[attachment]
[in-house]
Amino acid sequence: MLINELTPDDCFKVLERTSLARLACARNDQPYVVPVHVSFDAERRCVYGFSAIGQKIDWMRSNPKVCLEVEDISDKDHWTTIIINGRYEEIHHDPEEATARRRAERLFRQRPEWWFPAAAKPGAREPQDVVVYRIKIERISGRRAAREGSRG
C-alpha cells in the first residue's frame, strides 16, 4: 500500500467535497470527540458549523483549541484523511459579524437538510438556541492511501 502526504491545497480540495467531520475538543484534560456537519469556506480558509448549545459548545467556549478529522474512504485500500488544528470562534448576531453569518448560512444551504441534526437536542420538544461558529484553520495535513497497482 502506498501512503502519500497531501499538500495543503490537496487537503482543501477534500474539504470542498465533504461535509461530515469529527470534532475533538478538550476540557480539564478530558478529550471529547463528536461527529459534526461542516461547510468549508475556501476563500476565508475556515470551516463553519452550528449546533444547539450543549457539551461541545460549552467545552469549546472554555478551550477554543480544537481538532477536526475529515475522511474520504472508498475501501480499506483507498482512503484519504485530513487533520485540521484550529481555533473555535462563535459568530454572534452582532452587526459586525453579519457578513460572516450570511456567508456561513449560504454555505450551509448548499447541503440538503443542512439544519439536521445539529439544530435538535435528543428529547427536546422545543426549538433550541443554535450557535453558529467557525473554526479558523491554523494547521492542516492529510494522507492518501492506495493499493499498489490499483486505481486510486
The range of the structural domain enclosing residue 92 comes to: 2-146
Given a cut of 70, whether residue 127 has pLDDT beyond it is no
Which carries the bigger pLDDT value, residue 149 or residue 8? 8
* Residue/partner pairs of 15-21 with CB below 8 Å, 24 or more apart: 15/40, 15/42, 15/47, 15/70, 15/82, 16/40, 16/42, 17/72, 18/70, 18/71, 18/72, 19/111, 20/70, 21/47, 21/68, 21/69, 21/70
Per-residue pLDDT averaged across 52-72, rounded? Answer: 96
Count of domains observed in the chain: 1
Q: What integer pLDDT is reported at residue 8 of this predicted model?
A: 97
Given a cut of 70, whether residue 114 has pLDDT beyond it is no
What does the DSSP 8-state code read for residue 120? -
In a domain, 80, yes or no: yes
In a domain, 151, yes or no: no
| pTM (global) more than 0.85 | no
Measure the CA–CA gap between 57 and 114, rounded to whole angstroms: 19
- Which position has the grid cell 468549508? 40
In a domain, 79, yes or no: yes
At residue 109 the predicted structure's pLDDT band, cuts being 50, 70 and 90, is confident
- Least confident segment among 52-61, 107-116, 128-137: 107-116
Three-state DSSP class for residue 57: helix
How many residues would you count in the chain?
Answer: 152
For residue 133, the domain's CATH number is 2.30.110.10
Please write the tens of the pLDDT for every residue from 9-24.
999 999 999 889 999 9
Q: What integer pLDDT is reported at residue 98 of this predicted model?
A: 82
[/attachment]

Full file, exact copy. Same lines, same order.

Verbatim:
[in-house]
Amino acid sequence: MLINELTPDDCFKVLERTSLARLACARNDQPYVVPVHVSFDAERRCVYGFSAIGQKIDWMRSNPKVCLEVEDISDKDHWTTIIINGRYEEIHHDPEEATARRRAERLFRQRPEWWFPAAAKPGAREPQDVVVYRIKIERISGRRAAREGSRG
C-alpha cells in the first residue's frame, strides 16, 4: 500500500467535497470527540458549523483549541484523511459579524437538510438556541492511501 502526504491545497480540495467531520475538543484534560456537519469556506480558509448549545459548545467556549478529522474512504485500500488544528470562534448576531453569518448560512444551504441534526437536542420538544461558529484553520495535513497497482 502506498501512503502519500497531501499538500495543503490537496487537503482543501477534500474539504470542498465533504461535509461530515469529527470534532475533538478538550476540557480539564478530558478529550471529547463528536461527529459534526461542516461547510468549508475556501476563500476565508475556515470551516463553519452550528449546533444547539450543549457539551461541545460549552467545552469549546472554555478551550477554543480544537481538532477536526475529515475522511474520504472508498475501501480499506483507498482512503484519504485530513487533520485540521484550529481555533473555535462563535459568530454572534452582532452587526459586525453579519457578513460572516450570511456567508456561513449560504454555505450551509448548499447541503440538503443542512439544519439536521445539529439544530435538535435528543428529547427536546422545543426549538433550541443554535450557535453558529467557525473554526479558523491554523494547521492542516492529510494522507492518501492506495493499493499498489490499483486505481486510486
The range of the structural domain enclosing residue 92 comes to: 2-146
Given a cut of 70, whether residue 127 has pLDDT beyond it is no
Which carries the bigger pLDDT value, residue 149 or residue 8? 8
* Residue/partner pairs of 15-21 with CB below 8 Å, 24 or more apart: 15/40, 15/42, 15/47, 15/70, 15/82, 16/40, 16/42, 17/72, 18/70, 18/71, 18/72, 19/111, 20/70, 21/47, 21/68, 21/69, 21/70
Per-residue pLDDT averaged across 52-72, rounded? Answer: 96
Count of domains observed in the chain: 1
Q: What integer pLDDT is reported at residue 8 of this predicted model?
A: 97
Given a cut of 70, whether residue 114 has pLDDT beyond it is no
What does the DSSP 8-state code read for residue 120? -
In a domain, 80, yes or no: yes
In a domain, 151, yes or no: no
| pTM (global) more than 0.85 | no
Measure the CA–CA gap between 57 and 114, rounded to whole angstroms: 19
- Which position has the grid cell 468549508? 40
In a domain, 79, yes or no: yes
At residue 109 the predicted structure's pLDDT band, cuts being 50, 70 and 90, is confident
- Least confident segment among 52-61, 107-116, 128-137: 107-116
Three-state DSSP class for residue 57: helix
How many residues would you count in the chain?
Answer: 152
For residue 133, the domain's CATH number is 2.30.110.10
Please write the tens of the pLDDT for every residue from 9-24.
999 999 999 889 999 9
Q: What integer pLDDT is reported at residue 98 of this predicted model?
A: 82